Private Amateur Company

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The Private Amateur Company was a somewhat generic name given to at least two amateur theatrical companies active in Cape Town in the 19th century.

The Private Amateur Company 1834-1837


A company referred to as Private Amateur Company seems to have been formed by members of citizens of Cape Town on the demise of Booth’s All the World's a Stage in 1834. Probably a continuation of the original English Theatricals and its members no doubt become part of the other private companies that followed after its own demise in 1838. This was probably also due to the closure and sale of The African Theatre in 1839 and the anti-theatrical movement's effect on theatre in Cape Town generally.

They usually performed under the patronage of the governor, mostly for charitable purposes, and in itially used The Amateur Theatre (1834 and 1835), then the Cape Town Theatre (1837-1838), a period when when they were referred to as the Private Amateur Party and even on occasion the English Amateur Company.

The only individuals mentioned who may have been possible members of the company were Mr Whiley and H. Westcott ("stage manager").


The company started out most ambitiously with Shakespeare, doing Othello, or The Moor of Venice on 20 August, 1834 (with Somerset's one act farce A Day after the Fair as afterpiece), a performance supported by the Governor and partly in aid of the Ladies' Benevolent Fund. Another Shakespeare (Julius Caesar, with Moncrieff's farce The Spectre Bridegroom, or A Ghost in spite of Himself as afterpiece) followed on 30 September, 1834, after which they seem to have chosen to go with less demanding fare.

Further performances included:

1834: Guy Faux, or the Gunpowder Treason (Marfarren), A Day after the Fair (Somerset),

1835: A Cure for the Heartache (Morton), The Two Gregories (Dibdin), Venice Preserved (Otway), A Day after the Fair (Somerset), The Gambler's Fate, or A Lapse of Twenty Years (Thompson), Mr Thompson, or Which is He? (Moncrieff?), Ivanhoe, or The Knight Templar (Scott/Farley), All at Coventry, or Love and Laugh (Moncrieff).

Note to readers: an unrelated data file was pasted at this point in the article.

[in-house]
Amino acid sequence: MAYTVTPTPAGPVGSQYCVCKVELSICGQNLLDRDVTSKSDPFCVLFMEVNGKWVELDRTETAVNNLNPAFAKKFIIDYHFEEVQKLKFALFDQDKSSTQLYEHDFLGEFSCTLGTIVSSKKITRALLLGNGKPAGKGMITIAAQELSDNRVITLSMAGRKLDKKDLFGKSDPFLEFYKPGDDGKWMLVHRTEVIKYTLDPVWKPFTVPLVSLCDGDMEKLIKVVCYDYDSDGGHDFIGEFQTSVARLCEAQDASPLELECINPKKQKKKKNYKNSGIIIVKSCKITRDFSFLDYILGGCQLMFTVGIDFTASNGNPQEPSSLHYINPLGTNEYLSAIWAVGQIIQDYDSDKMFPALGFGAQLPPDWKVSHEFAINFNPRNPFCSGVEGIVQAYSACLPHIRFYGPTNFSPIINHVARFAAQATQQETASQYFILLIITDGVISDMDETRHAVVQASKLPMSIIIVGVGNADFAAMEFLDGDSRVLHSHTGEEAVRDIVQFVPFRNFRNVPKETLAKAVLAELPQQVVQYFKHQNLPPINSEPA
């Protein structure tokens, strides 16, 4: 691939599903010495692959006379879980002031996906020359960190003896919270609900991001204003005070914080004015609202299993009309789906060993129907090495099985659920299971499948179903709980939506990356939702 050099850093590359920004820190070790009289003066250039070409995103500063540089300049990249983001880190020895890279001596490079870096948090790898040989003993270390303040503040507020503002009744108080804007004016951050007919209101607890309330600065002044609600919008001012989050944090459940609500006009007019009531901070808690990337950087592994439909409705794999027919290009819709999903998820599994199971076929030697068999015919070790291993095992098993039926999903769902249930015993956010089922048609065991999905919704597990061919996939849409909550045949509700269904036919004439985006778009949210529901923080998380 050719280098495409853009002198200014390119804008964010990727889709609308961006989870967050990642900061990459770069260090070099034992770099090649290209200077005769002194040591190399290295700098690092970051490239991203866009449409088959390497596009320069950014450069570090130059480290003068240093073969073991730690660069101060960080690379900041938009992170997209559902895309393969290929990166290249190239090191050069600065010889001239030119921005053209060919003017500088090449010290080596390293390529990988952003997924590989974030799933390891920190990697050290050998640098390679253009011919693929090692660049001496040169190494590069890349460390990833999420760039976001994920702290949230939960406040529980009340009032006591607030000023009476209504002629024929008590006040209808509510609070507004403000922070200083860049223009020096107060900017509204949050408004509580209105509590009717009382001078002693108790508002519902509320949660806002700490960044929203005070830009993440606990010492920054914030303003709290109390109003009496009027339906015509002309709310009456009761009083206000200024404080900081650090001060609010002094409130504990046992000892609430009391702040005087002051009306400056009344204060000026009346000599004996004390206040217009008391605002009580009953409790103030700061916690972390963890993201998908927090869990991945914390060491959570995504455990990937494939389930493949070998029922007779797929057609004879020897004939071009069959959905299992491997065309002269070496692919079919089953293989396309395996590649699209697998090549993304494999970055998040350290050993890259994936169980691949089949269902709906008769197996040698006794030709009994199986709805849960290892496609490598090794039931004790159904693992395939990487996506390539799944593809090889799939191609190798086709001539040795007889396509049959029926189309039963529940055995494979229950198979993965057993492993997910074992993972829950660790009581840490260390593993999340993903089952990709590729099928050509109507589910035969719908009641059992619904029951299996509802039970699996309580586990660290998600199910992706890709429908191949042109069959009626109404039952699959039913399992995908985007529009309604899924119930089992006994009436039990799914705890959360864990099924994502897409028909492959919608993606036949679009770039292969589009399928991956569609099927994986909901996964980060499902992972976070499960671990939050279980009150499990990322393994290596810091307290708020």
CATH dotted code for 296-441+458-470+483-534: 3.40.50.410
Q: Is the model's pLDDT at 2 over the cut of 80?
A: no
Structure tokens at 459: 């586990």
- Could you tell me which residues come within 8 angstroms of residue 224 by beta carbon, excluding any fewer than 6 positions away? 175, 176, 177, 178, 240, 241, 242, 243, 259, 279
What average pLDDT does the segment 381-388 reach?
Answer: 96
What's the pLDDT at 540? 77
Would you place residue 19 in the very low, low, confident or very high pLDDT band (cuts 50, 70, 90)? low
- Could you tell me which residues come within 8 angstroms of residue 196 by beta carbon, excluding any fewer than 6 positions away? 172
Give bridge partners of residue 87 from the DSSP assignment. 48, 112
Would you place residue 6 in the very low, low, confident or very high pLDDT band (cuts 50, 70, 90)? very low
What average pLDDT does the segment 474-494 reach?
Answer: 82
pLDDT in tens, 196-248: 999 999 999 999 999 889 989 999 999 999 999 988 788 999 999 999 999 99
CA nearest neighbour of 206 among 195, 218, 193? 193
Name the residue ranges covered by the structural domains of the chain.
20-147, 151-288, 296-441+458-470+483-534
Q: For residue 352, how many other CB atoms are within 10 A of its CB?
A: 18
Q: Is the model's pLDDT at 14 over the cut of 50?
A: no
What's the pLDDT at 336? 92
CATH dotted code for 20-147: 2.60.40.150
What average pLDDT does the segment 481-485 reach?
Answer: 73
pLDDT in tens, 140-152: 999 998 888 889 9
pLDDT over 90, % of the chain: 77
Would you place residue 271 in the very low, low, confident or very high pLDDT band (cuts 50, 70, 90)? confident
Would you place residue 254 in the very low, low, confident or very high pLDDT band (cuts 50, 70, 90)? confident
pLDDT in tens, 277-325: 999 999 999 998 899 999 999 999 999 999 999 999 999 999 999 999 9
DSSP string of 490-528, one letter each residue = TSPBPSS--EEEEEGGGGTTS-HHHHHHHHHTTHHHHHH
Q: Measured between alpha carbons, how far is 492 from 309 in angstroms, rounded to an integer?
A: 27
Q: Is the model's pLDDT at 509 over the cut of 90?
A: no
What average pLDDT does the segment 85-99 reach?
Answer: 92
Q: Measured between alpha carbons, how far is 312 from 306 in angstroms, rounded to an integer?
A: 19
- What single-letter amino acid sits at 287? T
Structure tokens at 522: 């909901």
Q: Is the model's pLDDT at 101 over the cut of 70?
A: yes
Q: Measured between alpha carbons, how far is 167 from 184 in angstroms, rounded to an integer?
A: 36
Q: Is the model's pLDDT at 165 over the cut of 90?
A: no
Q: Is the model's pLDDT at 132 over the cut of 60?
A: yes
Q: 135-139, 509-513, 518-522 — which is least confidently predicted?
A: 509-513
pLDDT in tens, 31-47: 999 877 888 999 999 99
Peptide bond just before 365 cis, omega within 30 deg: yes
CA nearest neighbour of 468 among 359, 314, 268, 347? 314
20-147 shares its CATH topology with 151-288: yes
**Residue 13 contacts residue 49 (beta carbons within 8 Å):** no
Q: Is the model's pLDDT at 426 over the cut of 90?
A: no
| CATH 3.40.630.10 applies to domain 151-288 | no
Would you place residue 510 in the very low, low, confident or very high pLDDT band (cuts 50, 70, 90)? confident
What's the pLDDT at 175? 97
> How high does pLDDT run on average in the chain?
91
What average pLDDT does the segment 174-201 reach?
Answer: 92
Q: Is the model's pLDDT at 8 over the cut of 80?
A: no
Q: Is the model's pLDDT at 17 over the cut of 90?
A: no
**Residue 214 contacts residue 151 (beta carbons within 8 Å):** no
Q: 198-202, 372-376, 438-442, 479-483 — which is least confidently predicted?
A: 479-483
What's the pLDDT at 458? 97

1836: No performances seem to have taken place.

1837: The Miller's Maid (Saville), The Vampire, or The Bride of the Isles (Planché), Bertram, or The Castle of St. Aldobrand (Maturin), Past Ten O'clock and a Rainy Night (Dibdin).

1838: The Vampire, or The Bride of the Isles (Planché), Love in Humble Life (Payne), Amateurs and Actors (Peake), Ambrose Guinett, or A Sea-Side Story (Jerrold), The Spectre Bridegroom, or A Ghost in spite of Himself (Moncrieff).

The Private Amateur Company 1847


In 1847 there is another reference to a company of this name in Cape Town (active circa 1843-1847), though it is also named the Private English Amateur Theatrical Company or the English Private Theatricals.

They played in the De Hollandse Skouburg ("Dutch Theatre") in Roeland Street , popularly known as the Roeland Street Theatre, and their secretary was A. van Breda. It appears to have been made up of mainly Dutch-speaking players (including E.G. de Roubaix, Mr Maynier, Mr de Wahl, Mr Combrink, etc.), even though performing in English.


William Groom (1899) describes attending a performance of The Miller and his Men (Pocock) in 1843, and they did The Castle Spectre (Lewis) (twice), with Comfortable Lodgings (Peake) the afterpiece. The company's final performance was on 6 November 1847.

[TH, JH, MN]


F.C.L. Bosman, 1928. Drama en Toneel in Suid-Afrika, Deel I: 1652-1855. Pretoria: J.H. de Bussy. [1]: pp. 204-8, 416-7

P.J. du Toit, 1988. Amateurtoneel in Suid-Afrika. Pretoria: Academica

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